The president-elect takes over from Donald Trump on January 20 although the incumbent has yet to formally concede. In total the United States has recorded more than 15 million Covid-19 cases and 285,000 deaths according to Johns Hopkins University.
Both figures are significantly above those experienced by any other country.
On Tuesday the Pfizer/BioNTech vaccine was approved by a report and now just needs formal regulatory approval.
It started being administered in Britain, the first country to back it, on the same day.
Mr Biden referenced the coronavirus crisis during a press conference in Delaware.
He said: “My first 100 days won’t end the Covid-19 virus.
“I can’t promise that. But we did not get into this mess quickly.
“We’re not going to get out of it quickly.”
Mr Biden added in his first “100 days we can change the course of the disease and change life in America for the better”.
According to the BBC the current administration is hoping to vaccinate 24 million Americans by mid-January.
This has been assisted by Operation Warp Speed, a public-private initiative to promote vaccine development.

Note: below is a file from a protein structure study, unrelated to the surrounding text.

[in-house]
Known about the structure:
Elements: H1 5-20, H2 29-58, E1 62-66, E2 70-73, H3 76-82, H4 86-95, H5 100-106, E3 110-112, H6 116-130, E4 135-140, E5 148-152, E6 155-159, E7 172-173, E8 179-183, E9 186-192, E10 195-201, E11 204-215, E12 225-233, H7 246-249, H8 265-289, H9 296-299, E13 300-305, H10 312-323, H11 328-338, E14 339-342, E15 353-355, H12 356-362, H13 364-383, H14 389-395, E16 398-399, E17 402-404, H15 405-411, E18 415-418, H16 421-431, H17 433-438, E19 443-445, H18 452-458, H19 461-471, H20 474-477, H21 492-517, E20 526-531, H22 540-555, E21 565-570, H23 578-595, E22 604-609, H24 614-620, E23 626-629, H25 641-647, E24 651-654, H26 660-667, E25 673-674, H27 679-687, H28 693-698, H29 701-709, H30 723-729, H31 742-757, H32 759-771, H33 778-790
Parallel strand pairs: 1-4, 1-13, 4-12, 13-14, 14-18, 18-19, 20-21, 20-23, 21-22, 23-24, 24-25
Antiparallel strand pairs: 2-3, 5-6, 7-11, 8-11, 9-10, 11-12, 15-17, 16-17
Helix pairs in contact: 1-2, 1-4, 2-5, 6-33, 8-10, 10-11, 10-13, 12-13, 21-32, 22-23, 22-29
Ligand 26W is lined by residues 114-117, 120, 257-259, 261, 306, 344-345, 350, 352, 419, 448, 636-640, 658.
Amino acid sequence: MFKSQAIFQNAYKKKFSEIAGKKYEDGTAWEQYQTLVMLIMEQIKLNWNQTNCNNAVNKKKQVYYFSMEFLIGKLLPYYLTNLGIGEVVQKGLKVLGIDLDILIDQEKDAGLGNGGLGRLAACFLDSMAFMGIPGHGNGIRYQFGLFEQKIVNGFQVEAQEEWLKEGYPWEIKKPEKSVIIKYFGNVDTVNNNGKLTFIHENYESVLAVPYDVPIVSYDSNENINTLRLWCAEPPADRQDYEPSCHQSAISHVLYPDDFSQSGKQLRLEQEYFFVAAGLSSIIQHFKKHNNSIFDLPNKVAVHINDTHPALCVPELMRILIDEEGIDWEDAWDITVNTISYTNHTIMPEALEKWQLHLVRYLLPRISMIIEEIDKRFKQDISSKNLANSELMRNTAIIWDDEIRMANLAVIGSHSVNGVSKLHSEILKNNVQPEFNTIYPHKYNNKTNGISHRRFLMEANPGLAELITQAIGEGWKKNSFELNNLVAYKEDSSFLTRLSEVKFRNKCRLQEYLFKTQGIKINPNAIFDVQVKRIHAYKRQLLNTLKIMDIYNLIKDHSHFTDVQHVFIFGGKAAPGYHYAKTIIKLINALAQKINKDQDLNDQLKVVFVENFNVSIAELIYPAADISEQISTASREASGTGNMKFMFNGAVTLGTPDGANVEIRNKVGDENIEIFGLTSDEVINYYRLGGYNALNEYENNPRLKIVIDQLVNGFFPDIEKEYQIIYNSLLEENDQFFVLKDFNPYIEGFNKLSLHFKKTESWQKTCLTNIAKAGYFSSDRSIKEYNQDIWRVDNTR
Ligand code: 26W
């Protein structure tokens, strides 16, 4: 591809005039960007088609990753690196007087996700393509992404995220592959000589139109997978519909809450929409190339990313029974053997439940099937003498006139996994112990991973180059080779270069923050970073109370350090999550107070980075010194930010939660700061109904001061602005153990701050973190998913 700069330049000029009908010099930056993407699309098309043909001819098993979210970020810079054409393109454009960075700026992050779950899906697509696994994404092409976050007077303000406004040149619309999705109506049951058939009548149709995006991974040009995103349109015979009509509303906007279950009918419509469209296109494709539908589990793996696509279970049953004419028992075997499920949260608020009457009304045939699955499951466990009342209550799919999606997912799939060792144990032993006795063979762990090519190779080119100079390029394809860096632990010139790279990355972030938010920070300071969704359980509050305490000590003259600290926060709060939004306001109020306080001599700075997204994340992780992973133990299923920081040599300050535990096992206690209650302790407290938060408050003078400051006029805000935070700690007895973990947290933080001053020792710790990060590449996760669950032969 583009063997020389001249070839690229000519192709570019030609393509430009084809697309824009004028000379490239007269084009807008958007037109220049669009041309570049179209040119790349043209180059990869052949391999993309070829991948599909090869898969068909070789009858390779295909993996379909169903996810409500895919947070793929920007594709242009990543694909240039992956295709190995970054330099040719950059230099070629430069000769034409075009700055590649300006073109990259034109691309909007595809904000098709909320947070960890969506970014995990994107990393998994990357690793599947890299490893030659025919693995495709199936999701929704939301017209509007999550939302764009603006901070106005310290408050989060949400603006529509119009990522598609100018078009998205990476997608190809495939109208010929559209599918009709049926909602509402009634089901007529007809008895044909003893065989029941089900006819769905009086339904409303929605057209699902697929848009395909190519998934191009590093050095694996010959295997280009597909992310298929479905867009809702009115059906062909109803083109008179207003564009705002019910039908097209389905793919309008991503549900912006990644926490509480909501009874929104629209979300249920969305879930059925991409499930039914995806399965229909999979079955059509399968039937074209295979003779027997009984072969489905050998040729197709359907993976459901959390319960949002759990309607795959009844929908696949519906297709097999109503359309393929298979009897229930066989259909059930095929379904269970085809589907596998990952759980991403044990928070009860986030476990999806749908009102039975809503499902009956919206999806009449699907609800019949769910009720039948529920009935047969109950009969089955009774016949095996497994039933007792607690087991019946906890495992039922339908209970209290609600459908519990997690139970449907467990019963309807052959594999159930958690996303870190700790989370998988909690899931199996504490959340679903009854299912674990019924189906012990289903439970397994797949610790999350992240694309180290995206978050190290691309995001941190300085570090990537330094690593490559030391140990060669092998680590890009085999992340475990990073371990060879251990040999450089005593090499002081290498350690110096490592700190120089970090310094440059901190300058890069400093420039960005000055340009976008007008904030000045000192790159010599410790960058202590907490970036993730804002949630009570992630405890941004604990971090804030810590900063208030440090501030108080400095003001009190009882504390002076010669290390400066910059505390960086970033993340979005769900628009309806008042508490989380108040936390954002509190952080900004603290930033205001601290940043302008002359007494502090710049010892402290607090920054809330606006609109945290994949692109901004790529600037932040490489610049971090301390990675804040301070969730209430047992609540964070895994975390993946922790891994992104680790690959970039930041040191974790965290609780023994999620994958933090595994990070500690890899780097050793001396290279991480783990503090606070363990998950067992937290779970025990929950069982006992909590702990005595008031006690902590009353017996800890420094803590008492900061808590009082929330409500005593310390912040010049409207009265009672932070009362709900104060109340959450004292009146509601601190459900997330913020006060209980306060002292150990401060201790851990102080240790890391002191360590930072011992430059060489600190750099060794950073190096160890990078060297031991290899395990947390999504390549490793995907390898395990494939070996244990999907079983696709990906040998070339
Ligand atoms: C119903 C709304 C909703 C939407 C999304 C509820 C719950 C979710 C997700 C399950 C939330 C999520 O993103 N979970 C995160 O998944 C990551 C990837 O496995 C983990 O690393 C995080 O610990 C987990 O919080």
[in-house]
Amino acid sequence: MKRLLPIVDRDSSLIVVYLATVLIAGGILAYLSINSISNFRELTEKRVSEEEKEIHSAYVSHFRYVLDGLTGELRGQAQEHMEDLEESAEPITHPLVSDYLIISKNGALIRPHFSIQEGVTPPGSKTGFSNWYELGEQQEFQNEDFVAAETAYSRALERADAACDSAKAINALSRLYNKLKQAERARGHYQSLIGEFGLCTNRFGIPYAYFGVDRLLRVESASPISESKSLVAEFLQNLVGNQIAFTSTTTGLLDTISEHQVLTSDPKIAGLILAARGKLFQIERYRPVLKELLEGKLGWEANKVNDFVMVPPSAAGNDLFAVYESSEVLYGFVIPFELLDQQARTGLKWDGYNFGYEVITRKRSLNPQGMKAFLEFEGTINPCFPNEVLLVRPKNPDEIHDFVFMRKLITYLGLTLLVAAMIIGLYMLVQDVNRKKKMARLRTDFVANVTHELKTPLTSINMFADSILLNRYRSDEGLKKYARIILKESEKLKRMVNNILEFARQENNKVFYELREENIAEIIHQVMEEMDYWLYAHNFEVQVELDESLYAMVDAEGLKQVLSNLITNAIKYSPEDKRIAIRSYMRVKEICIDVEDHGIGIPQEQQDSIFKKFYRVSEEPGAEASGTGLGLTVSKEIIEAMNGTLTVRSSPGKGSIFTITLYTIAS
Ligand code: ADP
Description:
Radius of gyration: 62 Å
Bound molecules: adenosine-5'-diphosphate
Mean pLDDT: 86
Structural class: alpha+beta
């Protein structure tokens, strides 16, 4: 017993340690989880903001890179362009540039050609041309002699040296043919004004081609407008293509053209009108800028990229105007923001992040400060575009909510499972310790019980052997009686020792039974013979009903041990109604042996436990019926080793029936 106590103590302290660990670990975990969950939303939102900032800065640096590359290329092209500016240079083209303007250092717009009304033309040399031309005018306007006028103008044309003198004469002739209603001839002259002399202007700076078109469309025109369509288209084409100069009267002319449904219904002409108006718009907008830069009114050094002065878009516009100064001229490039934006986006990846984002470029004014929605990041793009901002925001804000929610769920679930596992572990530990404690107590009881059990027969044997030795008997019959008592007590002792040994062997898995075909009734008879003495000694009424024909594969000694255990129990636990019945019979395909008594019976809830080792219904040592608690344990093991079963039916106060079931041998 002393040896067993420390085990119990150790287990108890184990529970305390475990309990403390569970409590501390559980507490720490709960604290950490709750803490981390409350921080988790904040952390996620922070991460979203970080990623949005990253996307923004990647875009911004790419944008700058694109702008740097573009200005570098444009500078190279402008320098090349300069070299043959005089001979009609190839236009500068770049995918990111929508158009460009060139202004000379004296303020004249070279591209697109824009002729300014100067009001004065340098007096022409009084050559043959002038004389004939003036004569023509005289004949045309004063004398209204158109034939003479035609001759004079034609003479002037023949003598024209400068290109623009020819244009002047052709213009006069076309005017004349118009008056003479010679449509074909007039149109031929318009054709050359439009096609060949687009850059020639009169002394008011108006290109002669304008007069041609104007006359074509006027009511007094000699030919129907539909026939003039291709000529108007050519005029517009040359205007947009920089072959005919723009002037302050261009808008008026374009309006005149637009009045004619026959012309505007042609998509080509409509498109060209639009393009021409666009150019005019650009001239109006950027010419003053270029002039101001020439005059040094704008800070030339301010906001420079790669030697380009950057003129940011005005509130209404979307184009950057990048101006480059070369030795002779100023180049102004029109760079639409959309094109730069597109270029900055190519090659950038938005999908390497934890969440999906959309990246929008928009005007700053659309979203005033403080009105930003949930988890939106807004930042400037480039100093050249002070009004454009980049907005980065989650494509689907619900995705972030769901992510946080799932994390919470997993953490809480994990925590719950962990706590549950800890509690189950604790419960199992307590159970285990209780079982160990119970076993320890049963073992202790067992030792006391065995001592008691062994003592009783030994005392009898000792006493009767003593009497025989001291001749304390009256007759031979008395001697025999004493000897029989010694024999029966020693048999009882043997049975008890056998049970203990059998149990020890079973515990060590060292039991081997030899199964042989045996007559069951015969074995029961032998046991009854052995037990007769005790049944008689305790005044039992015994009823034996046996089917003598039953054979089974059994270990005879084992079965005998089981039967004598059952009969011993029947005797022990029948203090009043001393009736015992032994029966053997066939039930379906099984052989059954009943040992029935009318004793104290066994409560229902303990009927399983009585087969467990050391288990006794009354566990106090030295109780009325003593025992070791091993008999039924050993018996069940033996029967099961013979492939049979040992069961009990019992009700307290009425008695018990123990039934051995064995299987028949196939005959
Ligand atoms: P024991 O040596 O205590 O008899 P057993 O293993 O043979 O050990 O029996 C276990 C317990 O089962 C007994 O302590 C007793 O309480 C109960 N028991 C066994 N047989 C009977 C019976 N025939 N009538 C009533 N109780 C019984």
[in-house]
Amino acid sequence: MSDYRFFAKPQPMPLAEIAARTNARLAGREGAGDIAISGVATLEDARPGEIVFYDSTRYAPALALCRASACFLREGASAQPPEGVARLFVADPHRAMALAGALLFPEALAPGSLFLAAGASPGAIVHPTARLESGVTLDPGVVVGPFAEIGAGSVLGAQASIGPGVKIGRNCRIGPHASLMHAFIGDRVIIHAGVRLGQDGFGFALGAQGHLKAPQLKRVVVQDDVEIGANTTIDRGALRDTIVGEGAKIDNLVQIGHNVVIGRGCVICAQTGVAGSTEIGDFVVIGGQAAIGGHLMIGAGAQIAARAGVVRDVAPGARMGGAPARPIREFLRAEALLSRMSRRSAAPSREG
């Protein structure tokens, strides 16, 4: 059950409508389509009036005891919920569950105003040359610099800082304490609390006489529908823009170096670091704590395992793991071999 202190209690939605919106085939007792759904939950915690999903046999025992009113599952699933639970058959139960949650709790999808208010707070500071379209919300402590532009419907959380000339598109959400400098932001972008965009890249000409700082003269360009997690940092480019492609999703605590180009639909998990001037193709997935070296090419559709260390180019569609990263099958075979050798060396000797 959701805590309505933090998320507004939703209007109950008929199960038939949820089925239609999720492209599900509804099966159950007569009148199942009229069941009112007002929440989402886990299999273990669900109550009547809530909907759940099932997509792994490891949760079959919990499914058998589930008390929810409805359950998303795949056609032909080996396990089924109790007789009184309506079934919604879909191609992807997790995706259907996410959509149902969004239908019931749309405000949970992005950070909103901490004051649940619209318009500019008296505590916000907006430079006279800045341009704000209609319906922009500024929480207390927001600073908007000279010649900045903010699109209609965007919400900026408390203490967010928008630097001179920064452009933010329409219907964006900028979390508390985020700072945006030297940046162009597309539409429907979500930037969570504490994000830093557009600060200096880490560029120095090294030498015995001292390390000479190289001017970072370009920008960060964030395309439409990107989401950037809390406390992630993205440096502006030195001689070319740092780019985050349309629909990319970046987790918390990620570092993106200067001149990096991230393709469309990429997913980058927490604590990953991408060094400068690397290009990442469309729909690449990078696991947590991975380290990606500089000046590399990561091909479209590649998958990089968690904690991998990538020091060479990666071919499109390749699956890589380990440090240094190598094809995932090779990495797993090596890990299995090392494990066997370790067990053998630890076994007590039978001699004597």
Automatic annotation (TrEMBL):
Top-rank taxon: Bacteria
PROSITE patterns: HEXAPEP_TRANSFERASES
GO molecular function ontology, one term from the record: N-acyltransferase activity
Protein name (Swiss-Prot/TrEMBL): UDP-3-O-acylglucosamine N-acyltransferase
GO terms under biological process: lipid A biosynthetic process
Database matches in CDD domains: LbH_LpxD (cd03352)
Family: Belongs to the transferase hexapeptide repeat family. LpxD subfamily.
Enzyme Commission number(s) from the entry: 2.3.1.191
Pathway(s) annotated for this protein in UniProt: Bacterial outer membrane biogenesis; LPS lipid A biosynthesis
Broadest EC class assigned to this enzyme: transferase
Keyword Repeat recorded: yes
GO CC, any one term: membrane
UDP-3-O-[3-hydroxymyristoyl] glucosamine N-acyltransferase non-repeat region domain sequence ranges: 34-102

Speaking on Tuesday President Trump said: “They say it’s somewhat of a miracle and I think that’s true.
“Every American who wants the vaccine will be able to get the vaccine and we think by spring we’re going to be in a position nobody would have believed possible just a few months ago.”
A report by US regulators published on Tuesday concluded the Pfizer vaccine is safe and 95 percent effective.
On Thursday the Food and Drug Administration will meet to decide whether to authorise it for emergency use.
The UK began its vaccine programme on Tuesday.
Margaret Keenan, aged 90, became the first member of the public to be given the vaccine.
The grandmother described it as the “best early birthday present”.
Currently those aged over-80 and health workers are being prioritised.
Published at Wed, 09 Dec 2020 03:35:11 +0000